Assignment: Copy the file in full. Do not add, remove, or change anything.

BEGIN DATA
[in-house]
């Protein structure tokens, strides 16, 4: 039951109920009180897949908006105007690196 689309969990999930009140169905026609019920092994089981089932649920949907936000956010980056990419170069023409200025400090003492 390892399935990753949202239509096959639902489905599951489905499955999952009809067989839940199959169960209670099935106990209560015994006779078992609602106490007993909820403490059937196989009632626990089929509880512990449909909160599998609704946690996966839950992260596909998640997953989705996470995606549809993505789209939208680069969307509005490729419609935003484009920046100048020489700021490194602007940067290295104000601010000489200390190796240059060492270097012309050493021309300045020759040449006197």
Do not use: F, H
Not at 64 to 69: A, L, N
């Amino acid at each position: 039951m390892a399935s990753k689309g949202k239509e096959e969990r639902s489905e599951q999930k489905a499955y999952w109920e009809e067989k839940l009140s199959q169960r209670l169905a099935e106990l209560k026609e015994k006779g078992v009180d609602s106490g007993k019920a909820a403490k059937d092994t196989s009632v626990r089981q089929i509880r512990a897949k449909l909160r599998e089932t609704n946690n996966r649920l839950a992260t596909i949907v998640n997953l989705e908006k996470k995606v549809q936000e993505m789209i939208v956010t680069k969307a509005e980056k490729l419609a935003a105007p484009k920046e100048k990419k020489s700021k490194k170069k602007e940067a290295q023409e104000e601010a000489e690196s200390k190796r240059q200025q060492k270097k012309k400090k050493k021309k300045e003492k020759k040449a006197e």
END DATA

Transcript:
[in-house]
């Protein structure tokens, strides 16, 4: 039951109920009180897949908006105007690196 689309969990999930009140169905026609019920092994089981089932649920949907936000956010980056990419170069023409200025400090003492 390892399935990753949202239509096959639902489905599951489905499955999952009809067989839940199959169960209670099935106990209560015994006779078992609602106490007993909820403490059937196989009632626990089929509880512990449909909160599998609704946690996966839950992260596909998640997953989705996470995606549809993505789209939208680069969307509005490729419609935003484009920046100048020489700021490194602007940067290295104000601010000489200390190796240059060492270097012309050493021309300045020759040449006197």
Do not use: F, H
Not at 64 to 69: A, L, N
């Amino acid at each position: 039951m390892a399935s990753k689309g949202k239509e096959e969990r639902s489905e599951q999930k489905a499955y999952w109920e009809e067989k839940l009140s199959q169960r209670l169905a099935e106990l209560k026609e015994k006779g078992v009180d609602s106490g007993k019920a909820a403490k059937d092994t196989s009632v626990r089981q089929i509880r512990a897949k449909l909160r599998e089932t609704n946690n996966r649920l839950a992260t596909i949907v998640n997953l989705e908006k996470k995606v549809q936000e993505m789209i939208v956010t680069k969307a509005e980056k490729l419609a935003a105007p484009k920046e100048k990419k020489s700021k490194k170069k602007e940067a290295q023409e104000e601010a000489e690196s200390k190796r240059q200025q060492k270097k012309k400090k050493k021309k300045e003492k020759k040449a006197e």